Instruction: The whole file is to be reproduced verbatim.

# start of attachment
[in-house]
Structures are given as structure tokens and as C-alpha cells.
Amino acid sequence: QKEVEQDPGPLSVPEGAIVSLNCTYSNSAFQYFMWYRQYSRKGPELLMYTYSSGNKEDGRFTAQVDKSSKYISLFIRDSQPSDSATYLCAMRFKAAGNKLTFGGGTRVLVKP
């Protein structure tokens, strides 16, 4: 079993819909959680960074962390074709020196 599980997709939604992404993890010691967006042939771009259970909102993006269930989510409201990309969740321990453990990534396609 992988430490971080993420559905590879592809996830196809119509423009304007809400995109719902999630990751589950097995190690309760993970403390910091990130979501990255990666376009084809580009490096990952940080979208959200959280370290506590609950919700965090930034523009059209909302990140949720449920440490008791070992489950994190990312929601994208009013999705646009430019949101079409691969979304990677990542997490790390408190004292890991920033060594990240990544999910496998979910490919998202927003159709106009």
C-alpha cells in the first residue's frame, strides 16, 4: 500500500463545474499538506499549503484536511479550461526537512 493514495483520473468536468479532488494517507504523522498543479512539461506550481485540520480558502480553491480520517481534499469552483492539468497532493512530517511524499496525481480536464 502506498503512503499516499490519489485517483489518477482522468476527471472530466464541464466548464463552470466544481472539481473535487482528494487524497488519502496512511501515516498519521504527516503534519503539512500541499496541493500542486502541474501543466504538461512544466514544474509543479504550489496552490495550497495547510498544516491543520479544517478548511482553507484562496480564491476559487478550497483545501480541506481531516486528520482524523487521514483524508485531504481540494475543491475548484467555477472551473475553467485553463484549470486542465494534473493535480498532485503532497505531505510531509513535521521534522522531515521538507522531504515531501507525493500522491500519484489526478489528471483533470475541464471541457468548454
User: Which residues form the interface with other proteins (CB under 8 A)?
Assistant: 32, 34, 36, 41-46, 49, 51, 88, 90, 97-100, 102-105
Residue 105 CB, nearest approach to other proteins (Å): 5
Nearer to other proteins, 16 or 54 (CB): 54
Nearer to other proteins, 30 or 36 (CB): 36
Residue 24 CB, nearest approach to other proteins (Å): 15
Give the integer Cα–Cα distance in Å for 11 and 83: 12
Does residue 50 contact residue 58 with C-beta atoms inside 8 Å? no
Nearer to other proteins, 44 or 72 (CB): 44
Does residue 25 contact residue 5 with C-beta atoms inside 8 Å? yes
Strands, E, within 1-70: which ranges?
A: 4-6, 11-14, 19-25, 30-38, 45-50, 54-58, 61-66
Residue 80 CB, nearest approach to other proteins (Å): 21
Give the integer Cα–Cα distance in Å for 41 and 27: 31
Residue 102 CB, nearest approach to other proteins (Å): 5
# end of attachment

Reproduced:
[in-house]
Structures are given as structure tokens and as C-alpha cells.
Amino acid sequence: QKEVEQDPGPLSVPEGAIVSLNCTYSNSAFQYFMWYRQYSRKGPELLMYTYSSGNKEDGRFTAQVDKSSKYISLFIRDSQPSDSATYLCAMRFKAAGNKLTFGGGTRVLVKP
């Protein structure tokens, strides 16, 4: 079993819909959680960074962390074709020196 599980997709939604992404993890010691967006042939771009259970909102993006269930989510409201990309969740321990453990990534396609 992988430490971080993420559905590879592809996830196809119509423009304007809400995109719902999630990751589950097995190690309760993970403390910091990130979501990255990666376009084809580009490096990952940080979208959200959280370290506590609950919700965090930034523009059209909302990140949720449920440490008791070992489950994190990312929601994208009013999705646009430019949101079409691969979304990677990542997490790390408190004292890991920033060594990240990544999910496998979910490919998202927003159709106009």
C-alpha cells in the first residue's frame, strides 16, 4: 500500500463545474499538506499549503484536511479550461526537512 493514495483520473468536468479532488494517507504523522498543479512539461506550481485540520480558502480553491480520517481534499469552483492539468497532493512530517511524499496525481480536464 502506498503512503499516499490519489485517483489518477482522468476527471472530466464541464466548464463552470466544481472539481473535487482528494487524497488519502496512511501515516498519521504527516503534519503539512500541499496541493500542486502541474501543466504538461512544466514544474509543479504550489496552490495550497495547510498544516491543520479544517478548511482553507484562496480564491476559487478550497483545501480541506481531516486528520482524523487521514483524508485531504481540494475543491475548484467555477472551473475553467485553463484549470486542465494534473493535480498532485503532497505531505510531509513535521521534522522531515521538507522531504515531501507525493500522491500519484489526478489528471483533470475541464471541457468548454
User: Which residues form the interface with other proteins (CB under 8 A)?
Assistant: 32, 34, 36, 41-46, 49, 51, 88, 90, 97-100, 102-105
Residue 105 CB, nearest approach to other proteins (Å): 5
Nearer to other proteins, 16 or 54 (CB): 54
Nearer to other proteins, 30 or 36 (CB): 36
Residue 24 CB, nearest approach to other proteins (Å): 15
Give the integer Cα–Cα distance in Å for 11 and 83: 12
Does residue 50 contact residue 58 with C-beta atoms inside 8 Å? no
Nearer to other proteins, 44 or 72 (CB): 44
Does residue 25 contact residue 5 with C-beta atoms inside 8 Å? yes
Strands, E, within 1-70: which ranges?
A: 4-6, 11-14, 19-25, 30-38, 45-50, 54-58, 61-66
Residue 80 CB, nearest approach to other proteins (Å): 21
Give the integer Cα–Cα distance in Å for 41 and 27: 31
Residue 102 CB, nearest approach to other proteins (Å): 5